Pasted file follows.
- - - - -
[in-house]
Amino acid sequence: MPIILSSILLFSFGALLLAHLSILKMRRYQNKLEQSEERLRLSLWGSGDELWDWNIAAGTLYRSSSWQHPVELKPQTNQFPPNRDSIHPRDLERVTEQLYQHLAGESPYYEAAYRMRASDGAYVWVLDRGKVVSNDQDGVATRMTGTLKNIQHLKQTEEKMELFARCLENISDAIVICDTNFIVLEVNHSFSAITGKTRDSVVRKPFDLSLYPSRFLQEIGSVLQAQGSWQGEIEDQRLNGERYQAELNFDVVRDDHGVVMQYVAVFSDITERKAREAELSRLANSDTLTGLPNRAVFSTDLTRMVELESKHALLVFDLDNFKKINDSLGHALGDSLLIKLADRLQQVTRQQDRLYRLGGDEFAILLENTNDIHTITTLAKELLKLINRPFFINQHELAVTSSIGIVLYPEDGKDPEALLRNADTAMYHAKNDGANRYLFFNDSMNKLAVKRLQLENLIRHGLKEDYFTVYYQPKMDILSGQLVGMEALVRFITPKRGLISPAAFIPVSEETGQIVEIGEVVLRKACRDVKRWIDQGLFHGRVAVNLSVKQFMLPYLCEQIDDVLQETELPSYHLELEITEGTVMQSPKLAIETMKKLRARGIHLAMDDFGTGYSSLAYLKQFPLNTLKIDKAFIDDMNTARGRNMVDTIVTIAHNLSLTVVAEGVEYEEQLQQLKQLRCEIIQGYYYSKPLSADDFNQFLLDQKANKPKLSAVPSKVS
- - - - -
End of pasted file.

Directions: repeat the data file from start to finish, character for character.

[in-house]
Amino acid sequence: MPIILSSILLFSFGALLLAHLSILKMRRYQNKLEQSEERLRLSLWGSGDELWDWNIAAGTLYRSSSWQHPVELKPQTNQFPPNRDSIHPRDLERVTEQLYQHLAGESPYYEAAYRMRASDGAYVWVLDRGKVVSNDQDGVATRMTGTLKNIQHLKQTEEKMELFARCLENISDAIVICDTNFIVLEVNHSFSAITGKTRDSVVRKPFDLSLYPSRFLQEIGSVLQAQGSWQGEIEDQRLNGERYQAELNFDVVRDDHGVVMQYVAVFSDITERKAREAELSRLANSDTLTGLPNRAVFSTDLTRMVELESKHALLVFDLDNFKKINDSLGHALGDSLLIKLADRLQQVTRQQDRLYRLGGDEFAILLENTNDIHTITTLAKELLKLINRPFFINQHELAVTSSIGIVLYPEDGKDPEALLRNADTAMYHAKNDGANRYLFFNDSMNKLAVKRLQLENLIRHGLKEDYFTVYYQPKMDILSGQLVGMEALVRFITPKRGLISPAAFIPVSEETGQIVEIGEVVLRKACRDVKRWIDQGLFHGRVAVNLSVKQFMLPYLCEQIDDVLQETELPSYHLELEITEGTVMQSPKLAIETMKKLRARGIHLAMDDFGTGYSSLAYLKQFPLNTLKIDKAFIDDMNTARGRNMVDTIVTIAHNLSLTVVAEGVEYEEQLQQLKQLRCEIIQGYYYSKPLSADDFNQFLLDQKANKPKLSAVPSKVS